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Lauren Greenfield

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IMAGE
November 4, 2007 | Monica Corcoran, Times Staff Writer
Photographer Lauren Greenfield is always watching our children. Her acclaimed 1998 exhibit and book "Fast Forward" chronicled the excesses of youth culture in L.A. In last year's documentary "Thin," she took an unflinching look at the effects of eating disorders. Greenfield's latest focus is the economics of adolescence in her short film "kids + money," which premieres Wednesday at AFI Fest. What made you tackle this topic?
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IMAGE
November 4, 2007 | Monica Corcoran, Times Staff Writer
Photographer Lauren Greenfield is always watching our children. Her acclaimed 1998 exhibit and book "Fast Forward" chronicled the excesses of youth culture in L.A. In last year's documentary "Thin," she took an unflinching look at the effects of eating disorders. Greenfield's latest focus is the economics of adolescence in her short film "kids + money," which premieres Wednesday at AFI Fest. What made you tackle this topic?
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NEWS
May 4, 1997 | D. JAMES ROMERO, TIMES STAFF WRITER
The capital of pop has a profound effect on those who must grow up here; image, money and violence hold a grip on youth culture like an addictive drug as children soak up the examples set by the adults and media around them. L.A. native Lauren Greenfield proves this relationship better than many traditional social scientists could.
ENTERTAINMENT
October 27, 2006 | Leah Ollman, Special to The Times
Opportunities abound for the documentarian of human misery: war, hunger, poverty, homelessness, domestic violence, abuse. For the "concerned photographer," a term coined in the late 1960s to describe a commitment to conscientious, humane witness, it's a matter of deciding where to turn, what to focus on and how. Lauren Greenfield, a photojournalist based in L.A.
MAGAZINE
January 24, 1993
Hooray for Lauren Greenfield and her wonderful work. How refreshing it is to see such beautiful, ironic images, almost reminiscent of Cartier-Bresson, about a subject that for too long has been hidden from the public. Keep up the good work, Lauren. STEVEN P. FISHER Beverly Hills
ENTERTAINMENT
October 27, 2006 | Leah Ollman, Special to The Times
Opportunities abound for the documentarian of human misery: war, hunger, poverty, homelessness, domestic violence, abuse. For the "concerned photographer," a term coined in the late 1960s to describe a commitment to conscientious, humane witness, it's a matter of deciding where to turn, what to focus on and how. Lauren Greenfield, a photojournalist based in L.A.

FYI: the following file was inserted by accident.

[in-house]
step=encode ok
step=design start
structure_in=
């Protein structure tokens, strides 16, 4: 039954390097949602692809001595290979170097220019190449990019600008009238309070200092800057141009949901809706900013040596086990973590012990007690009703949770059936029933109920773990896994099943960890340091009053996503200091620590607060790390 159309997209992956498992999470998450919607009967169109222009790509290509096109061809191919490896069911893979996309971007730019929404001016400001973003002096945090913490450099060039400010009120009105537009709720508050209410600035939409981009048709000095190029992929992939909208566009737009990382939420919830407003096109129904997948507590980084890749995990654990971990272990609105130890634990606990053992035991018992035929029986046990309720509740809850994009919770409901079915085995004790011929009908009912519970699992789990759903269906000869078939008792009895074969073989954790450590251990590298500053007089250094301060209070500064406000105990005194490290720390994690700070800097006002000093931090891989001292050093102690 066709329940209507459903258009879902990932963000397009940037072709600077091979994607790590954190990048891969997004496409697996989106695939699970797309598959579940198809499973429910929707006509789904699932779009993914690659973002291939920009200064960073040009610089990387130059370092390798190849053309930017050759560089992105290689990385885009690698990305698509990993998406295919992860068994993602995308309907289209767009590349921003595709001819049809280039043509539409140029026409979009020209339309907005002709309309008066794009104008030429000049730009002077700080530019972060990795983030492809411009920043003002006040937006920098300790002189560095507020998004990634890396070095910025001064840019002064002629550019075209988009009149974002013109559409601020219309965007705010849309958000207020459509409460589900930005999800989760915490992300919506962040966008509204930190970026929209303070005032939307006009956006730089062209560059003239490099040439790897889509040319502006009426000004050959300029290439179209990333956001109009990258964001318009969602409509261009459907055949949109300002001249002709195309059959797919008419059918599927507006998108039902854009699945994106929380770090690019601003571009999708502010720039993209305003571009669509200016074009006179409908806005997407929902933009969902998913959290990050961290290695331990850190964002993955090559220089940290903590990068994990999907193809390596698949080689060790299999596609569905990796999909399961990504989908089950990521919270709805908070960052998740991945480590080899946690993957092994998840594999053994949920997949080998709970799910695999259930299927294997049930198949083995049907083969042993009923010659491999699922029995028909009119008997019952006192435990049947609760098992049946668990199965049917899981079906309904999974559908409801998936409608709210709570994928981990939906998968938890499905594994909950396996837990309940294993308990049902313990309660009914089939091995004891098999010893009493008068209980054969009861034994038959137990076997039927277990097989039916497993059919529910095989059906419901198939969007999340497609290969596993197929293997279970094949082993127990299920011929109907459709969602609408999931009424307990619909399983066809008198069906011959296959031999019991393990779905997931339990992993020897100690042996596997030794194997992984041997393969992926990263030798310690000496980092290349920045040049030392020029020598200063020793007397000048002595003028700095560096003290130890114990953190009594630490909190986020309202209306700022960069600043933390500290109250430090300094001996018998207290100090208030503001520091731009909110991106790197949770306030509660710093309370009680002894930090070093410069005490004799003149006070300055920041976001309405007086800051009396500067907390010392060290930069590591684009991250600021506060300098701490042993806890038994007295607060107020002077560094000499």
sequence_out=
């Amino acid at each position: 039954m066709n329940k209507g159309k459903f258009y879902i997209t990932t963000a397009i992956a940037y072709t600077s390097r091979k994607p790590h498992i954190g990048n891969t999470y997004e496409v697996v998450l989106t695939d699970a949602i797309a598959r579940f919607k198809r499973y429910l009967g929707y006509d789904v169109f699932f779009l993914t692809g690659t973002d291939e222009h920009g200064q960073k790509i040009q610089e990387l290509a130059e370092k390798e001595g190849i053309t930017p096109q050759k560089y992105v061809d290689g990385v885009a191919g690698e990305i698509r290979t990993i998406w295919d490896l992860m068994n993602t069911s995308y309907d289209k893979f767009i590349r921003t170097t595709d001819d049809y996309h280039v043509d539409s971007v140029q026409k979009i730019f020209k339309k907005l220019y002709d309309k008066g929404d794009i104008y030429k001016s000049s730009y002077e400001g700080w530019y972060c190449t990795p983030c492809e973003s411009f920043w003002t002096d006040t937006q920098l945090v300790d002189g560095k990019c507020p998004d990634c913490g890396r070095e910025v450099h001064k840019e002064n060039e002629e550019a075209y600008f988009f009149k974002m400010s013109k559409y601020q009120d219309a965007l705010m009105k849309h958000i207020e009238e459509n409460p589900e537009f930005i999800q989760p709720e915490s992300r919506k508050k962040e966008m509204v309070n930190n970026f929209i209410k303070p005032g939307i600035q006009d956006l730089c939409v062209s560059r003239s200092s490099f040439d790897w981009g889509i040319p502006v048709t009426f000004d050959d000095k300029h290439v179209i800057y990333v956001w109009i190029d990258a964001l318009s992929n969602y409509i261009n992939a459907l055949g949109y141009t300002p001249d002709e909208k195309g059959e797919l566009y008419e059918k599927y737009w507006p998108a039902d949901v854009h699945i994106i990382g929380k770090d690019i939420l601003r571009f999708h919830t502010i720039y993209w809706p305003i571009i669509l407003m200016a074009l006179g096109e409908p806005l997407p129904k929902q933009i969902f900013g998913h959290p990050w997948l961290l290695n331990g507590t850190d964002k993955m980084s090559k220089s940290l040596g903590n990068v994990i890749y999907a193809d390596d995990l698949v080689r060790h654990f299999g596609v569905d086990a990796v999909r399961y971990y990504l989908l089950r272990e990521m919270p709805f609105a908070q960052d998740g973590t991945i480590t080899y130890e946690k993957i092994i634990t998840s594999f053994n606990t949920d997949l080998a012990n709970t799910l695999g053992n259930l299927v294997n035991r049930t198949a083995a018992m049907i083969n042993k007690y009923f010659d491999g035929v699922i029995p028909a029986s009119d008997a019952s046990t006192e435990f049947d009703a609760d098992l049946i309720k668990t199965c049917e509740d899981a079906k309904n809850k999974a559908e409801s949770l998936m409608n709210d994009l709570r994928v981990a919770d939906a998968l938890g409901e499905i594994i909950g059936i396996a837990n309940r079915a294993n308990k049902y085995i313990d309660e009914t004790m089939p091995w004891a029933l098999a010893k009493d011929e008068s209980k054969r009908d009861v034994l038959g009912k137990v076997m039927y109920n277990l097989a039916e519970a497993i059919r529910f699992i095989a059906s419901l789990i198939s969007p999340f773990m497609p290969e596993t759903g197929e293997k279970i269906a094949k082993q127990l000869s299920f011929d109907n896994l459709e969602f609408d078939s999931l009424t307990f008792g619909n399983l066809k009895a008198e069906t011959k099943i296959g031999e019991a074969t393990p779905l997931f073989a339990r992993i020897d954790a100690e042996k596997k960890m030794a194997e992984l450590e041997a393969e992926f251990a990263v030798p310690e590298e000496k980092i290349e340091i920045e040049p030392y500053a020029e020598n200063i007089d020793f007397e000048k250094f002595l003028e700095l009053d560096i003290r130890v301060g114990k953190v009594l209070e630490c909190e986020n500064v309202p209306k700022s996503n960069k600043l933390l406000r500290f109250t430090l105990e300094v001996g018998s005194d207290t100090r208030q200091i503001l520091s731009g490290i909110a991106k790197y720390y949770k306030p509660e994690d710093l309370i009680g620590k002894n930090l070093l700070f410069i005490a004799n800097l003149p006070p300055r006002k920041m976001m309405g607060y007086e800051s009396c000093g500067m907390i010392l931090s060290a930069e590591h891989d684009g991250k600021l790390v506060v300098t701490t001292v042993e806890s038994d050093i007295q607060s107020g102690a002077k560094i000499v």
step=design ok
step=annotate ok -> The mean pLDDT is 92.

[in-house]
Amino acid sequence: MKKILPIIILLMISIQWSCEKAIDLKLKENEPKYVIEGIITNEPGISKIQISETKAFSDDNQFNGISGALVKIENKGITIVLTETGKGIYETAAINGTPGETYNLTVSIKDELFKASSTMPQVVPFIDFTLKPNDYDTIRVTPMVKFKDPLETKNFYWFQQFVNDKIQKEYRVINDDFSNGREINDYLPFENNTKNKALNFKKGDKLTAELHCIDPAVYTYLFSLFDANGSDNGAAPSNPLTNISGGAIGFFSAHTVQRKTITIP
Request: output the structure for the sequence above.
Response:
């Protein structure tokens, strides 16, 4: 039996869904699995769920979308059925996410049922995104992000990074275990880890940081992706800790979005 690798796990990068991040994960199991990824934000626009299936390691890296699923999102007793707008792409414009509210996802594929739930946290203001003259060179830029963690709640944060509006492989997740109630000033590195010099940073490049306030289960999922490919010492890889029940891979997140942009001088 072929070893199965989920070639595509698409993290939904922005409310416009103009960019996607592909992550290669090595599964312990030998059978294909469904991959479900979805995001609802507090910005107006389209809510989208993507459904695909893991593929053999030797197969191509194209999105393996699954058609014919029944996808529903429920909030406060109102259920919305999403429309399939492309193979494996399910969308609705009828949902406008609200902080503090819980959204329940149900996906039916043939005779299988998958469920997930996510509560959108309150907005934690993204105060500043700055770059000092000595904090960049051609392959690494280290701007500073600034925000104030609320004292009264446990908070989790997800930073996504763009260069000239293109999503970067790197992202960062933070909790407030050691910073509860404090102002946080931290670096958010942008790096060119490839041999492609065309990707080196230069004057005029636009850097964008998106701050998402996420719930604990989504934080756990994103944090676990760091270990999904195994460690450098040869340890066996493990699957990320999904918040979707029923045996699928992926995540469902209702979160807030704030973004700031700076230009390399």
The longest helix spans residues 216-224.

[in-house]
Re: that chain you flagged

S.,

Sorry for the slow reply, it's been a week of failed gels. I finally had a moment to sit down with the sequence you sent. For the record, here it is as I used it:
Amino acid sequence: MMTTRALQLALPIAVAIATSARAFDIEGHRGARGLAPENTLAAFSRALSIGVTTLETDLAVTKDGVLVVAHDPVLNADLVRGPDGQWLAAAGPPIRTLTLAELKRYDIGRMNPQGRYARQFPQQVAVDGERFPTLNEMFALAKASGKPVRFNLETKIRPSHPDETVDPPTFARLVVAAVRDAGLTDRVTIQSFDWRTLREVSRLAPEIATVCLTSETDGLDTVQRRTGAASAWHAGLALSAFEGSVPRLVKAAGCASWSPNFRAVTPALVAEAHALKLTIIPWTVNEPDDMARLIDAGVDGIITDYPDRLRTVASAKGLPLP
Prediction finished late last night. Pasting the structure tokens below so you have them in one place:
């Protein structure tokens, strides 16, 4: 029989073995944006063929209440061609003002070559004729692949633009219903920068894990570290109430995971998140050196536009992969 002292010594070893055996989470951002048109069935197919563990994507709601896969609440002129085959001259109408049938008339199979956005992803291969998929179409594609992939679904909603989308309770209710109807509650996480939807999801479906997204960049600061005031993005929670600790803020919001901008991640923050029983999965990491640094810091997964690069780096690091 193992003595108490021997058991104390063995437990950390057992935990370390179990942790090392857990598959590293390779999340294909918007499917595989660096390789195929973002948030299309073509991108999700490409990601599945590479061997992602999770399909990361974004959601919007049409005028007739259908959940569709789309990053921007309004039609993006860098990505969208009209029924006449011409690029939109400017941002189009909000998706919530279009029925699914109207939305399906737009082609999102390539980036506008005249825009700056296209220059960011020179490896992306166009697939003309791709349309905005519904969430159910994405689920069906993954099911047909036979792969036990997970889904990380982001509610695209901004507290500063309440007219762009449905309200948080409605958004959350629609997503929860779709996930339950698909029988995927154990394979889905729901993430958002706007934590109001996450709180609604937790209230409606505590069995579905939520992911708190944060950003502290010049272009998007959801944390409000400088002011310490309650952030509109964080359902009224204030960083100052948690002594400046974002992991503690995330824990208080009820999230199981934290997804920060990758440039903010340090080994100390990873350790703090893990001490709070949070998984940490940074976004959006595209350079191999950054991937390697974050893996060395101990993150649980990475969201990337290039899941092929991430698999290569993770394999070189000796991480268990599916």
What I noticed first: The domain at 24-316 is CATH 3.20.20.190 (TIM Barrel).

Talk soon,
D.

ENTERTAINMENT
October 2, 2008 | Kenneth Turan
I haven't seen all the films in the American Cinematheque's "Focus on Female Directors: Five to Watch" program of documentary, dramatic and animated shorts screening tonight at 7:30 at the Aero Theatre on Montana Avenue in Santa Monica, but if the ones I haven't seen are as good as the two I have, this should be a heck of an evening. Photographer Lauren Greenfield's "Kids & Money" is a piercing examination of the relationship between the two in the wealthier parts of L.A.
CALIFORNIA | LOCAL
February 16, 2008 | Valerie J. Nelson, Times Staff Writer
Pollack "Polly" Ann Williams, who was featured in the HBO documentary "Thin," an unflinching look at several women with serious eating disorders, was found dead Feb. 8 at her home in Hixson, Tenn. She was 33. Williams died from an overdose of sleeping pills, a suicide that was "a direct result of her internal battle with the eating disorder," her sister, Bebe W. Reed, told The Times. "She said she could not fight the fight any longer."
ENTERTAINMENT
February 3, 2009 | Suzanne Muchnic
Century City's long-planned Annenberg Space for Photography will open March 27 with "L8S ANG3LES." No, that isn't a typo: The "8" in the exhibition title refers to the number of artists whose photographic prints will be displayed on walls, the "3" to a trio of L.A. Times photographers whose pictures of life in the city will be projected in a digital gallery.
NEWS
May 4, 1997 | D. JAMES ROMERO, TIMES STAFF WRITER
The capital of pop has a profound effect on those who must grow up here; image, money and violence hold a grip on youth culture like an addictive drug as children soak up the examples set by the adults and media around them. L.A. native Lauren Greenfield proves this relationship better than many traditional social scientists could.
MAGAZINE
January 24, 1993
Hooray for Lauren Greenfield and her wonderful work. How refreshing it is to see such beautiful, ironic images, almost reminiscent of Cartier-Bresson, about a subject that for too long has been hidden from the public. Keep up the good work, Lauren. STEVEN P. FISHER Beverly Hills
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